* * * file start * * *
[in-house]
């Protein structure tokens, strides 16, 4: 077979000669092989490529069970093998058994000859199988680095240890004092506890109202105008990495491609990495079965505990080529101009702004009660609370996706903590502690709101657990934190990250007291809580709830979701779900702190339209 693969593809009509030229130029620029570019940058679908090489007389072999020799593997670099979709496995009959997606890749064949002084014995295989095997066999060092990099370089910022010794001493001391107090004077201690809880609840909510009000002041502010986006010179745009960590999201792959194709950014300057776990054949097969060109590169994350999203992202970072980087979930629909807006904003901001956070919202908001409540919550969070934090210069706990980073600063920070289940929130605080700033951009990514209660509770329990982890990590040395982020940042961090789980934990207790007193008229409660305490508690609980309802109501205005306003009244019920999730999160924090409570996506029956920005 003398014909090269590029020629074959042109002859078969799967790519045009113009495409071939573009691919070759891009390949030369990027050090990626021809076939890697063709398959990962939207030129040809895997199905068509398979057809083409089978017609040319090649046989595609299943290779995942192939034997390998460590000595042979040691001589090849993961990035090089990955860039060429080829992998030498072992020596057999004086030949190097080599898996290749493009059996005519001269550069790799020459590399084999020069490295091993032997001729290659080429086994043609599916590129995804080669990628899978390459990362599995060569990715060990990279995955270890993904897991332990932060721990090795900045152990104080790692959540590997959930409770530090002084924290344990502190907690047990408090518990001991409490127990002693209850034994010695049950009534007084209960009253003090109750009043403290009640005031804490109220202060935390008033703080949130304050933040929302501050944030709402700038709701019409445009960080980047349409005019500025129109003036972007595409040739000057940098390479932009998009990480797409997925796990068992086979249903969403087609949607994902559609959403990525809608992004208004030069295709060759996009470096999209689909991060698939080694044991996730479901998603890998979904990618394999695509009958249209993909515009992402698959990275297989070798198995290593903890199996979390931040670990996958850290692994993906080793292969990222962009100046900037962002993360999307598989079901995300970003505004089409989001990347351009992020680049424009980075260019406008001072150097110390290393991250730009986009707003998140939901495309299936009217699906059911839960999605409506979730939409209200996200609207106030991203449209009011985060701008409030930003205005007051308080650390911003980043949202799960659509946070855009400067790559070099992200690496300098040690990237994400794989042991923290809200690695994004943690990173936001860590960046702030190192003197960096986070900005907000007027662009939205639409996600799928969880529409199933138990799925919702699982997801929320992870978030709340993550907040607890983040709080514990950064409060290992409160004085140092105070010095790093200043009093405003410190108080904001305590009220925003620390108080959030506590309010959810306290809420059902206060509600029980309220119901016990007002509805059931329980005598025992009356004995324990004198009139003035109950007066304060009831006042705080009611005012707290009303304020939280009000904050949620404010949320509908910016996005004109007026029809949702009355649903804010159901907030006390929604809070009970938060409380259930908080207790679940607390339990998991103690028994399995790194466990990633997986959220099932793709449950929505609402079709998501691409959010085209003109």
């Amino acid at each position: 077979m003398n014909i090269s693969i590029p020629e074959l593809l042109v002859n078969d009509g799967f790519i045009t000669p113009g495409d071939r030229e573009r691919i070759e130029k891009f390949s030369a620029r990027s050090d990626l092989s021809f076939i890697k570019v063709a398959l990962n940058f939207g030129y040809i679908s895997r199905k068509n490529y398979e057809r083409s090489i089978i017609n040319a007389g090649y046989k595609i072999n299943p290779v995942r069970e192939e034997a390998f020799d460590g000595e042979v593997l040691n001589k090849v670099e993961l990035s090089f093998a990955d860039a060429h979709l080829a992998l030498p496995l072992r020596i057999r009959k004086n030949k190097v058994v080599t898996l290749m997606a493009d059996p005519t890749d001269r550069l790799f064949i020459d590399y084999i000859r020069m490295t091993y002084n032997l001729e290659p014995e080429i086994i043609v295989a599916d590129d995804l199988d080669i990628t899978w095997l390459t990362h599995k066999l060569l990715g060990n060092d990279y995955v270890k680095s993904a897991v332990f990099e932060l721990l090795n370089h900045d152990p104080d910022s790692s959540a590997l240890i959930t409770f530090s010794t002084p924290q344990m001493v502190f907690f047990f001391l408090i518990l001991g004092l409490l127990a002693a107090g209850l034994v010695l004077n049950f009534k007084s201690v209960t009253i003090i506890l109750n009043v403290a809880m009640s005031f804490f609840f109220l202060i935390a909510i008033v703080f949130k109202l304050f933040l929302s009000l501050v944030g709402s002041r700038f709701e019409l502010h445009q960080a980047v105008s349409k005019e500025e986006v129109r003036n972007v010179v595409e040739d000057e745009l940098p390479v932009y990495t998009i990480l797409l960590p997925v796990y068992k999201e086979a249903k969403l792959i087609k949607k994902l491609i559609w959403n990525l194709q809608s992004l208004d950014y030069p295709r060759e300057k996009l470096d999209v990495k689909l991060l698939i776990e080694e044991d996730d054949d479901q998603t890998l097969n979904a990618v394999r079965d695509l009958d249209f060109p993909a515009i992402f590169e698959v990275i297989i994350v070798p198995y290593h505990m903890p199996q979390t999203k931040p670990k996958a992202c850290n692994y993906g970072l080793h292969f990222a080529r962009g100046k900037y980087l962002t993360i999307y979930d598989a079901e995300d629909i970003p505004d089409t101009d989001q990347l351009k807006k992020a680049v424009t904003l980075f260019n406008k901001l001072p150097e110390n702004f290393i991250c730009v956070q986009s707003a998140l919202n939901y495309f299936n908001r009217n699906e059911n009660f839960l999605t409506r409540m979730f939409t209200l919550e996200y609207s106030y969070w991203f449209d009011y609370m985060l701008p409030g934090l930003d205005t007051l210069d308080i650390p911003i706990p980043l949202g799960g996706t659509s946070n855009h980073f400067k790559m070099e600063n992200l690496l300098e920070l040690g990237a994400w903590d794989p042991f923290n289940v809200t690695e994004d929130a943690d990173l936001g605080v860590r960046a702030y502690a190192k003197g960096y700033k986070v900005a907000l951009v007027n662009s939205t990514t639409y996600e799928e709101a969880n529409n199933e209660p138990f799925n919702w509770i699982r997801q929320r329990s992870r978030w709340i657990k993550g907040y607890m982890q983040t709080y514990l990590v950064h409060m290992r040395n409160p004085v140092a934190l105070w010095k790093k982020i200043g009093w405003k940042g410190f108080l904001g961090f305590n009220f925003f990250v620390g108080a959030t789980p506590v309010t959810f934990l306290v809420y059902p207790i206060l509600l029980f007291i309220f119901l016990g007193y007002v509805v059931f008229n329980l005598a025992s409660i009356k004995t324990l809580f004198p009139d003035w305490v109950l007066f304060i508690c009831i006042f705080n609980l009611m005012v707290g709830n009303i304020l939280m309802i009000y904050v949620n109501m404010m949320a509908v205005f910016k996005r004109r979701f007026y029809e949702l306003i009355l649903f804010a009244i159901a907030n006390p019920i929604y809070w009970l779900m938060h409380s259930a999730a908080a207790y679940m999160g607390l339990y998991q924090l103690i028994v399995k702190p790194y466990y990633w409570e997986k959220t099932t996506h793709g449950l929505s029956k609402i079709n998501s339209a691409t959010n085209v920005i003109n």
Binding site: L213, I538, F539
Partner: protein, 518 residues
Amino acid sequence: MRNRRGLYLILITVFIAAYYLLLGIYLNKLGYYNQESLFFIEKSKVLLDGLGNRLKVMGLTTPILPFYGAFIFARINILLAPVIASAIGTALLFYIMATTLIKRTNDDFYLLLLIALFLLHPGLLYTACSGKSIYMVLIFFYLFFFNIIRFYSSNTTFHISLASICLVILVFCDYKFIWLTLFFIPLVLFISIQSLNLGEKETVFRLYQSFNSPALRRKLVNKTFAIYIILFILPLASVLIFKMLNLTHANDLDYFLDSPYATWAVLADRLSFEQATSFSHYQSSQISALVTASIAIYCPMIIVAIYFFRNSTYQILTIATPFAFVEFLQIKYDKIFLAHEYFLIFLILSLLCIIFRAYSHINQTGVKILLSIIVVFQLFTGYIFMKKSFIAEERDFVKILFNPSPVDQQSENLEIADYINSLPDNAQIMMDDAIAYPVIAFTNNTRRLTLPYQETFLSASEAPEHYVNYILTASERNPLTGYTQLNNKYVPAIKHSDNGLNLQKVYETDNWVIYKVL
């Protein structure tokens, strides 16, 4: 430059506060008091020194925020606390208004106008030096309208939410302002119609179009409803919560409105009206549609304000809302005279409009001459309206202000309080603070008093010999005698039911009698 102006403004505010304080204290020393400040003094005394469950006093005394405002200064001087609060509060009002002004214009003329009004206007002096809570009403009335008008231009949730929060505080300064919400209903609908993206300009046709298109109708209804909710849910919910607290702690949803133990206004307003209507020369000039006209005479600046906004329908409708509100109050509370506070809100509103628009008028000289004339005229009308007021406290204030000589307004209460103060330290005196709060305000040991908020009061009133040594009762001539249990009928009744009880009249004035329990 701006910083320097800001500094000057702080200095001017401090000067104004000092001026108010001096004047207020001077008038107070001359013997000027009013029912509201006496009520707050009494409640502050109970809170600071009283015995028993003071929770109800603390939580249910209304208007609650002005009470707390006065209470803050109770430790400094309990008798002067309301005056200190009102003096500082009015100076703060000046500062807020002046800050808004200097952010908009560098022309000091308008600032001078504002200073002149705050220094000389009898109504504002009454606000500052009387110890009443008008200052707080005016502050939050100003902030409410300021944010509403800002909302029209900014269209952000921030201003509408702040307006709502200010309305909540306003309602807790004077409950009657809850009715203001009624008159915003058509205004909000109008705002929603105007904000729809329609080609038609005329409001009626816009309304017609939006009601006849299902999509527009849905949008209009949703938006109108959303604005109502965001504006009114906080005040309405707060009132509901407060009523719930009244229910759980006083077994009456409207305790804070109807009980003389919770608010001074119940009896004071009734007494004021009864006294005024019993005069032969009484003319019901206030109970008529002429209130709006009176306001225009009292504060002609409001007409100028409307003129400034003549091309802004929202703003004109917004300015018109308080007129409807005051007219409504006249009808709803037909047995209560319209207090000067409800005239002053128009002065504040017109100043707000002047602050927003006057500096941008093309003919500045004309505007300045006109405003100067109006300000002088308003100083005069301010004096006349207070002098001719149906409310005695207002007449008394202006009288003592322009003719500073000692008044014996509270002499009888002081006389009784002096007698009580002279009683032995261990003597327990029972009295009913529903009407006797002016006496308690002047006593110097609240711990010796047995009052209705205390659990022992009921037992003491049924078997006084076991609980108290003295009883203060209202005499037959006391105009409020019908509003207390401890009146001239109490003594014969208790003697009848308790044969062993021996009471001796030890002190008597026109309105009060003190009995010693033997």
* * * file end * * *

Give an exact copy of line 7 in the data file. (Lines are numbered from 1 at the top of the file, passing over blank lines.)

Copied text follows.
């Protein structure tokens, strides 16, 4: 430059506060008091020194925020606390208004106008030096309208939410302002119609179009409803919560409105009206549609304000809302005279409009001459309206202000309080603070008093010999005698039911009698 102006403004505010304080204290020393400040003094005394469950006093005394405002200064001087609060509060009002002004214009003329009004206007002096809570009403009335008008231009949730929060505080300064919400209903609908993206300009046709298109109708209804909710849910919910607290702690949803133990206004307003209507020369000039006209005479600046906004329908409708509100109050509370506070809100509103628009008028000289004339005229009308007021406290204030000589307004209460103060330290005196709060305000040991908020009061009133040594009762001539249990009928009744009880009249004035329990 701006910083320097800001500094000057702080200095001017401090000067104004000092001026108010001096004047207020001077008038107070001359013997000027009013029912509201006496009520707050009494409640502050109970809170600071009283015995028993003071929770109800603390939580249910209304208007609650002005009470707390006065209470803050109770430790400094309990008798002067309301005056200190009102003096500082009015100076703060000046500062807020002046800050808004200097952010908009560098022309000091308008600032001078504002200073002149705050220094000389009898109504504002009454606000500052009387110890009443008008200052707080005016502050939050100003902030409410300021944010509403800002909302029209900014269209952000921030201003509408702040307006709502200010309305909540306003309602807790004077409950009657809850009715203001009624008159915003058509205004909000109008705002929603105007904000729809329609080609038609005329409001009626816009309304017609939006009601006849299902999509527009849905949008209009949703938006109108959303604005109502965001504006009114906080005040309405707060009132509901407060009523719930009244229910759980006083077994009456409207305790804070109807009980003389919770608010001074119940009896004071009734007494004021009864006294005024019993005069032969009484003319019901206030109970008529002429209130709006009176306001225009009292504060002609409001007409100028409307003129400034003549091309802004929202703003004109917004300015018109308080007129409807005051007219409504006249009808709803037909047995209560319209207090000067409800005239002053128009002065504040017109100043707000002047602050927003006057500096941008093309003919500045004309505007300045006109405003100067109006300000002088308003100083005069301010004096006349207070002098001719149906409310005695207002007449008394202006009288003592322009003719500073000692008044014996509270002499009888002081006389009784002096007698009580002279009683032995261990003597327990029972009295009913529903009407006797002016006496308690002047006593110097609240711990010796047995009052209705205390659990022992009921037992003491049924078997006084076991609980108290003295009883203060209202005499037959006391105009409020019908509003207390401890009146001239109490003594014969208790003697009848308790044969062993021996009471001796030890002190008597026109309105009060003190009995010693033997």